Alternative names: SOD
The Sphincter of Oddi is a smooth muscular valve surrounding the shared end of the bile and pancreatic ducts. When this valve loses its ability to contract and relax during a meal, the flow of digestive juices (bile and pancreatic juice) into the small intestine is obstructed, leading to severe abdominal pain and other possible complications.
More than half a million gallbladder removal surgeries are performed annually in the United States. Some 10-20% of these patients experience continuing or recurrent pains, sometimes caused by Sphincter of Oddi Dysfunction.
The cause of Sphincter of Oddi Dysfunction is generally scarring or spasms. It may arise from scarring due to gallbladder surgery.
Sphincter of Oddi Dysfunction is usually seen in female patients, typically 30-50 years old, who have had their gallbladders removed.
The main symptom of Sphincter of Oddi Dysfunction is recurring upper-right quadrant or epigastric abdominal pain, also known as biliary colic. The pain is usually steady, usually severe, and often made worse by meals – especially fatty meals. It is caused by the back-up of digestive juices.
In order to diagnose Sphincter of Oddi Dysfunction, a blood test is used to look for abnormal liver and pancreatic enzyme levels. Quantitative Hepatobiliary Scintigraphy is a procedure that is used to measure the uptake and clearance of an injected radioactive isotope from the liver and biliary tract.
In about half of all presenting cases, laboratory testing or imaging (blood test, ultrasound, CT scan, or MRCP) will suggest a definite abnormality such as a bile duct stone. MRCP (magnetic resonance cholangiopancreatography) is a good non-invasive procedure to determine the state of the biliary and pancreatic drainage systems.
In patients with severe symptoms, a risky procedure called ERCP (endoscopic retrograde cholangiopancreatography) is often employed. This procedure facilitates examination or treatment of the bile and pancreatic ducts but carries a significant risk of serious complications. Complications include an attack of pancreatitis in 5-10% of cases, necessitating a stay in hospital ranging from (usually) a few days to (rarely) weeks or months, as well as bleeding, perforation, and possible narrowing of a duct due to scarring.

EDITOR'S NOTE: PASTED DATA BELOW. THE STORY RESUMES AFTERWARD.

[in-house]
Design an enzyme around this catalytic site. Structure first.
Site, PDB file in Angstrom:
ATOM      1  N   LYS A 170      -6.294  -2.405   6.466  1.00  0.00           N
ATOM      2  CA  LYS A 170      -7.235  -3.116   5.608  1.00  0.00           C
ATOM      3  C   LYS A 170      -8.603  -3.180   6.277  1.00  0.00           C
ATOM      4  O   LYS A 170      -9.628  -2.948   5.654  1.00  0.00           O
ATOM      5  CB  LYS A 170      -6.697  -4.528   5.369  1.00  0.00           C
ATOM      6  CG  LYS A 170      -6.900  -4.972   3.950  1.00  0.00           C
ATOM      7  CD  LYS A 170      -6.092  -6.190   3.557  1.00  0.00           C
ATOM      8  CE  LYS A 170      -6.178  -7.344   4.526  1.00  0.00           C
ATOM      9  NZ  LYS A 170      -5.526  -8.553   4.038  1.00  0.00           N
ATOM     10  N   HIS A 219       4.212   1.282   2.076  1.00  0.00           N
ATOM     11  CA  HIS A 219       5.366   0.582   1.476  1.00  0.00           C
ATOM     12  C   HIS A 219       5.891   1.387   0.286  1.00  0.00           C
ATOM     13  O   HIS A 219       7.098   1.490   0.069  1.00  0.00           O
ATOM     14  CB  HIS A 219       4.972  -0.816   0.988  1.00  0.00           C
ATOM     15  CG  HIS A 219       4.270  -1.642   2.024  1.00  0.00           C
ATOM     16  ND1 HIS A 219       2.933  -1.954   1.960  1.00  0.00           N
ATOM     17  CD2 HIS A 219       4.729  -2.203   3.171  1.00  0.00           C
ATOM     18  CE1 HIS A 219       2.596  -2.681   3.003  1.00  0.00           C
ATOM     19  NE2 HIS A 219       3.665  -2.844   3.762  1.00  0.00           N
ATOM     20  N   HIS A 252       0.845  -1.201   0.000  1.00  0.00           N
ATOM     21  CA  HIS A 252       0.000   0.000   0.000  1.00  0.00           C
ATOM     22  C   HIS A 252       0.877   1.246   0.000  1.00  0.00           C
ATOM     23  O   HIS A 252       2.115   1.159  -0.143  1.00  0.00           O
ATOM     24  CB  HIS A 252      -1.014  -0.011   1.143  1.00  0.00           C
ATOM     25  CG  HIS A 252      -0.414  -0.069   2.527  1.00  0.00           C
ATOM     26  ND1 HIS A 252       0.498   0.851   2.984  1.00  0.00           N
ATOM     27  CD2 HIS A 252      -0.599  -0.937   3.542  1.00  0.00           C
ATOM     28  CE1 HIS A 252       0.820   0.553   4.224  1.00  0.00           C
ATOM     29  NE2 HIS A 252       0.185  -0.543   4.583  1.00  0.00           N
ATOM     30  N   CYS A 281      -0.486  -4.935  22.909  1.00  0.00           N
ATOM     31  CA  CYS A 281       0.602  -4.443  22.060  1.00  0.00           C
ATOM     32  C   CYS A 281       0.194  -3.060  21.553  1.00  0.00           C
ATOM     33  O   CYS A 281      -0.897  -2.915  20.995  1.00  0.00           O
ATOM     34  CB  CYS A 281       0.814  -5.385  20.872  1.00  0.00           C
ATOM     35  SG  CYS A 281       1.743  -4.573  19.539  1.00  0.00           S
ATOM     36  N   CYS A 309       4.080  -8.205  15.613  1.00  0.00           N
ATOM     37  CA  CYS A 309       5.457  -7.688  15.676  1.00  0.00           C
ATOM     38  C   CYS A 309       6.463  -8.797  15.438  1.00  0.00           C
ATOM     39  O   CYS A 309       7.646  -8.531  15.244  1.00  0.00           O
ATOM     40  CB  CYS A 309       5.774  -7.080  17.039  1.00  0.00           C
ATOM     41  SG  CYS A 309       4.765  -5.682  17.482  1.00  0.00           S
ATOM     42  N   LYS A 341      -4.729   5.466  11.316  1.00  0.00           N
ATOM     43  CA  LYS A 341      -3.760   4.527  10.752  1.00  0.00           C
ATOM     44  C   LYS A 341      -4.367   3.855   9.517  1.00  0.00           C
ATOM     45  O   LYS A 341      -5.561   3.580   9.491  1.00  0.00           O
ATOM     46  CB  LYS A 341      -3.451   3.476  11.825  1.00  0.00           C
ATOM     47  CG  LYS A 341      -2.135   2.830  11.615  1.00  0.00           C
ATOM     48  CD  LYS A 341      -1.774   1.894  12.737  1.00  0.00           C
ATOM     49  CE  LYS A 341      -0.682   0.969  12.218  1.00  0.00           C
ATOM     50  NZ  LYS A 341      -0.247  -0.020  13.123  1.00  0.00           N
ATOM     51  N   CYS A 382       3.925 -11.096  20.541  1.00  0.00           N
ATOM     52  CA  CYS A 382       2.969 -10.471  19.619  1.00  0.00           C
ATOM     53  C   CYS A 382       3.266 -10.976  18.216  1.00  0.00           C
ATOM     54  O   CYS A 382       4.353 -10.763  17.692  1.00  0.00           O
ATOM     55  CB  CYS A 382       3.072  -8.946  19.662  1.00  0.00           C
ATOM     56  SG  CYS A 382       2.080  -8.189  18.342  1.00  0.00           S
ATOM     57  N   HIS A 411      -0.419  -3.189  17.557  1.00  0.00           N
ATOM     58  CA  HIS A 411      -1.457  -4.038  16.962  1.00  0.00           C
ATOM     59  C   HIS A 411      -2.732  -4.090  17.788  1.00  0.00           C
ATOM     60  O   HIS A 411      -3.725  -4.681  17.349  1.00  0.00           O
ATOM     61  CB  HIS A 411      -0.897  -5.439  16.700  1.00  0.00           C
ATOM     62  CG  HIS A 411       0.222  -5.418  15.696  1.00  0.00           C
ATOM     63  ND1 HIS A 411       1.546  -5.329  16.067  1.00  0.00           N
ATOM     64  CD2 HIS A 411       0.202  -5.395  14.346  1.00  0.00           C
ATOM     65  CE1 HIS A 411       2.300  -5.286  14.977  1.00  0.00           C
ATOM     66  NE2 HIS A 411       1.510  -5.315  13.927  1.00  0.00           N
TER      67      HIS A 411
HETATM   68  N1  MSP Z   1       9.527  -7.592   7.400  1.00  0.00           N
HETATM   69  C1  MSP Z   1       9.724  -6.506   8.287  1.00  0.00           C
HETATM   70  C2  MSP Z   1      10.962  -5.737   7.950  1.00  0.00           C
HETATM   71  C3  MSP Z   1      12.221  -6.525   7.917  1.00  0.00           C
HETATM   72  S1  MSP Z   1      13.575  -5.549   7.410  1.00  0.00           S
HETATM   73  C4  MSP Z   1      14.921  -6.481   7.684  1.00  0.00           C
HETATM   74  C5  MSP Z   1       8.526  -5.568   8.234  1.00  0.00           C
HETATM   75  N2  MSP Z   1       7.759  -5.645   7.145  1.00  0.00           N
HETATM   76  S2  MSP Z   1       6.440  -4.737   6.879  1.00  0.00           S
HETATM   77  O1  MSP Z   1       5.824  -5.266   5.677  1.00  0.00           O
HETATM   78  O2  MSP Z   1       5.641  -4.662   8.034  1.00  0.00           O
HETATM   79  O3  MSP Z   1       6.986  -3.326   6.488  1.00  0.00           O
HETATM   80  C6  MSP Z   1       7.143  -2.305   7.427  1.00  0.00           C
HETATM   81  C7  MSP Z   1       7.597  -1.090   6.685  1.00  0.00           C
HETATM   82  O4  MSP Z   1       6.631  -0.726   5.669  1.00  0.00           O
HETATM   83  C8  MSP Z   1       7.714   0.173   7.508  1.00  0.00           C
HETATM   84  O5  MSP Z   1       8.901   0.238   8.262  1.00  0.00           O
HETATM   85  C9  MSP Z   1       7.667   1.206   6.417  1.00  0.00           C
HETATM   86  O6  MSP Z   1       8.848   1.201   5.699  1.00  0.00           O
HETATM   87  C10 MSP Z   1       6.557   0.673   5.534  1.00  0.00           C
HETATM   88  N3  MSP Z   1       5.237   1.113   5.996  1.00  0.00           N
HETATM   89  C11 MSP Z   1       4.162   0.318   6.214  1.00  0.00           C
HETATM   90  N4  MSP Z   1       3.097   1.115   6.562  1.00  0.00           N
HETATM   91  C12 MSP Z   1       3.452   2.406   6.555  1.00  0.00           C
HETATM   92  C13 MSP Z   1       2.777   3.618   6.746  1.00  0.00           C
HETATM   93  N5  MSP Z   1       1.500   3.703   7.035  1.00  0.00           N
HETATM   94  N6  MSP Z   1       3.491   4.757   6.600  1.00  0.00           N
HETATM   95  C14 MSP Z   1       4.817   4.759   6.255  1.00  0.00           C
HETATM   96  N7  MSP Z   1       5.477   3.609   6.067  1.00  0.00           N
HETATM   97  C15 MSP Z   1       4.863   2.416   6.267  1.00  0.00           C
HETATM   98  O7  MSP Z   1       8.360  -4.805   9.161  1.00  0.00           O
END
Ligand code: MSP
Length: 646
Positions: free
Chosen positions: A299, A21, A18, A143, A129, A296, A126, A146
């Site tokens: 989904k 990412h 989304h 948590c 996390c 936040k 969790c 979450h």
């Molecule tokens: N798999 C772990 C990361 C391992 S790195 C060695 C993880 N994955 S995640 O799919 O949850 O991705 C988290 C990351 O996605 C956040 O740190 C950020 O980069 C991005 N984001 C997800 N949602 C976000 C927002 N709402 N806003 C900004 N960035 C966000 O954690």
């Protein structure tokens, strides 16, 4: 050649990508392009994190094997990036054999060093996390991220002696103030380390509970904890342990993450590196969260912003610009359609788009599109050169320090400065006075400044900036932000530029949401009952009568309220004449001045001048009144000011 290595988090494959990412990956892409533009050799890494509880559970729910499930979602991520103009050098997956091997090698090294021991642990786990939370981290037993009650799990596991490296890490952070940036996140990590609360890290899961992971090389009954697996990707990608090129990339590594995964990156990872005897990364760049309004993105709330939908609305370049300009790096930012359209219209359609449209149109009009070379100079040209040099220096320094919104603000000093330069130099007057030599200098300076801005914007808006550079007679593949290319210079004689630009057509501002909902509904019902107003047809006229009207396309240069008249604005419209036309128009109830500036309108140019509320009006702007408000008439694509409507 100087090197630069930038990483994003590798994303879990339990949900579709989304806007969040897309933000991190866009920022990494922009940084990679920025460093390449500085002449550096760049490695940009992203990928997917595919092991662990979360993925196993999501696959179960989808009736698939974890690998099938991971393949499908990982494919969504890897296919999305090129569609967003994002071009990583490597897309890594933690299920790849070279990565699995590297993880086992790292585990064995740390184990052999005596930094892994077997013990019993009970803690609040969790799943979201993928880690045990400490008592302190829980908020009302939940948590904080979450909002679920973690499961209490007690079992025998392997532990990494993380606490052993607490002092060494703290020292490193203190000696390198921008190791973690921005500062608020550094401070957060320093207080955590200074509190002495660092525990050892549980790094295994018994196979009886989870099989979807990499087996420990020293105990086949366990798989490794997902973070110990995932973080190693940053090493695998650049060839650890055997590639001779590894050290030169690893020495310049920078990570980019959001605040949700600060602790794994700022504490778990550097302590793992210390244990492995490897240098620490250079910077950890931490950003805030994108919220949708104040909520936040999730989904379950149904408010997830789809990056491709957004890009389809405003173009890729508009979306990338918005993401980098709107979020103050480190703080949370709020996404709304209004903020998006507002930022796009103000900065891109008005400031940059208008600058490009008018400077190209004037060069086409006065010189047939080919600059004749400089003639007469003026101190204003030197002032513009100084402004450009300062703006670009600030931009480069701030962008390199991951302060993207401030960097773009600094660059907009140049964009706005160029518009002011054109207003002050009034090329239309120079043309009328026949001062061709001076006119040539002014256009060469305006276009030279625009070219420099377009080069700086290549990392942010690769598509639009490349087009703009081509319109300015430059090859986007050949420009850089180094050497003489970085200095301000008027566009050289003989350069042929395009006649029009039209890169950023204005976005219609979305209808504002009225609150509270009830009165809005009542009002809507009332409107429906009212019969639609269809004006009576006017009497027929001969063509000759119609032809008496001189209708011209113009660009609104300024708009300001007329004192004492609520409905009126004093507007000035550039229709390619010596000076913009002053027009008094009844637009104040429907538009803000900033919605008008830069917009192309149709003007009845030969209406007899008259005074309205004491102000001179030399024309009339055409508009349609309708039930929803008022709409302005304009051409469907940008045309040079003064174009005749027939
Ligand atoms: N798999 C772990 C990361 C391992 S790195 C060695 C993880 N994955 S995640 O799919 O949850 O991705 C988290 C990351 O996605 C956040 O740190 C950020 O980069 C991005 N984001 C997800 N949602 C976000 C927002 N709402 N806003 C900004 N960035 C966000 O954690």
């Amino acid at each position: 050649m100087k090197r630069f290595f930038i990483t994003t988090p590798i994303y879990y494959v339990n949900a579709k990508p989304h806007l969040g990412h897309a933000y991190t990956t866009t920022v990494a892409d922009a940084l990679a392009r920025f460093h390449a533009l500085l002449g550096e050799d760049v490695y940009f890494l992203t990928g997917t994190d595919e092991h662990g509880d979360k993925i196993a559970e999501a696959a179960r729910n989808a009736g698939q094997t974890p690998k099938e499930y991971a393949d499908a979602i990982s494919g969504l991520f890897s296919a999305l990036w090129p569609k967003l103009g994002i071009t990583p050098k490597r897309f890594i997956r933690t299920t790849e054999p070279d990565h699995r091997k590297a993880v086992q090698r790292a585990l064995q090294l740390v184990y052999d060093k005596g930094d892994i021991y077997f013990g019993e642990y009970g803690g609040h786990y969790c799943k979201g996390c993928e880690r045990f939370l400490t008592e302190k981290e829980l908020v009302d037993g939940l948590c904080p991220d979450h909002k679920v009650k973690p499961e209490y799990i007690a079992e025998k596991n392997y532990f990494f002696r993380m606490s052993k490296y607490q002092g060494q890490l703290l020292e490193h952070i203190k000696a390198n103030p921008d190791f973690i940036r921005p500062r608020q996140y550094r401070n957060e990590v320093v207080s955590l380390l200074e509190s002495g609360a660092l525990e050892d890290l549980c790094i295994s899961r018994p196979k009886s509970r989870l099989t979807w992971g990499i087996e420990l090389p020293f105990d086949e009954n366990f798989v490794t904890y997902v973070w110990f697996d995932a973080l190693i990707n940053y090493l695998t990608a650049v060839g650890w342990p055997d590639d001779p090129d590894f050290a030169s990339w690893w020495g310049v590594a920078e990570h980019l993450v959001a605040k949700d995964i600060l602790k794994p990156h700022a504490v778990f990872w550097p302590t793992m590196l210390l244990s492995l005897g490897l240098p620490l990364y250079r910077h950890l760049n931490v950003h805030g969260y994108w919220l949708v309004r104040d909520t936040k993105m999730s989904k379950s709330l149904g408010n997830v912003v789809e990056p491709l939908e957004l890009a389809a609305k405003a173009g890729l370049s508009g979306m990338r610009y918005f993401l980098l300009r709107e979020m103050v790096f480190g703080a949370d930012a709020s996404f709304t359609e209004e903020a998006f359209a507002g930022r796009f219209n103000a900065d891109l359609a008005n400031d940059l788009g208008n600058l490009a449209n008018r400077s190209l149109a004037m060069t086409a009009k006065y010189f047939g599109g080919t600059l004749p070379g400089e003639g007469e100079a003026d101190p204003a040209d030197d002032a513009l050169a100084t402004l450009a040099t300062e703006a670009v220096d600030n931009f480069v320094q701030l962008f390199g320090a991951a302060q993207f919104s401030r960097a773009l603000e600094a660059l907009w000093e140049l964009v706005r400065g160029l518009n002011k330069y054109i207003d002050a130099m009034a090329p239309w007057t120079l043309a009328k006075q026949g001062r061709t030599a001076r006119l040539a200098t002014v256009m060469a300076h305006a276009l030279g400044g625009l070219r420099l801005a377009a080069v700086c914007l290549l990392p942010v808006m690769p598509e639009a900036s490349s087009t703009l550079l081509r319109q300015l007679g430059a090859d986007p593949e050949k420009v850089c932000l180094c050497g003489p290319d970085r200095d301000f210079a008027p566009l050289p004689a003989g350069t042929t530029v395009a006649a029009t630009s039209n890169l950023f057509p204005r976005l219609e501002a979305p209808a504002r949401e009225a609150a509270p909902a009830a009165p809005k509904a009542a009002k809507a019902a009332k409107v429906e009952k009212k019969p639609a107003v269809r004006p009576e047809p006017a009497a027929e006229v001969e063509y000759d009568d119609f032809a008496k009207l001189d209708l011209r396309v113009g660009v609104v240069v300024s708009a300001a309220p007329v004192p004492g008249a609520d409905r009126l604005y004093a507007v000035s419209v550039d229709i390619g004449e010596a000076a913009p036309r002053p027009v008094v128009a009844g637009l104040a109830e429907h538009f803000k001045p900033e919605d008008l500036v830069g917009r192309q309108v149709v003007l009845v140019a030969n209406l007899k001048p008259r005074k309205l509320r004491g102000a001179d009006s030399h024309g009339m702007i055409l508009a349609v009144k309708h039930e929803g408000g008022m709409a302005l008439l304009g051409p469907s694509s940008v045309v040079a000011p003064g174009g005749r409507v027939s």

The gold standard diagnostic procedure is called a 'sphincter of Oddi manometry' (SOM). This allows a doctor to take a close look at the sphincter of Oddi to see if it is functioning normally. A small plastic tube is inserted into the pancreas duct or bile duct near the sphincter of Oddi to measure pressure when it contracts and expands. High pressures indicate dysfunction.
In cases where the pain is not too severe, medical treatment is usually the preferred option. There are no drugs specifically for SOD; pain medication, antispasmodics, non-addictive analgesics, nifedipine and nitroglycerin are among those used. The side-effects of these drugs usually limit their usefulness.
In cases where the pain is severe, tests have confirmed Sphincter of Oddi Dysfunction, and medical treatment has failed, a surgical procedure (sphincterotomy) may be used to remove any stones or to relieve any scarring or spasm of the sphincter by cutting a muscle. It is a difficult procedure with a significant risk of complications.
Other invasive treatment modalities include endoscopic injection of botulinum toxin (Botox) into the sphincter, and endoscopic or surgical ablation of the sphincter of Oddi.
About 70% of patients who have undergone endoscopic or surgical procedures experience long-term pain relief.
Sphincter of Oddi Dysfunction can lead to pancreatitis.
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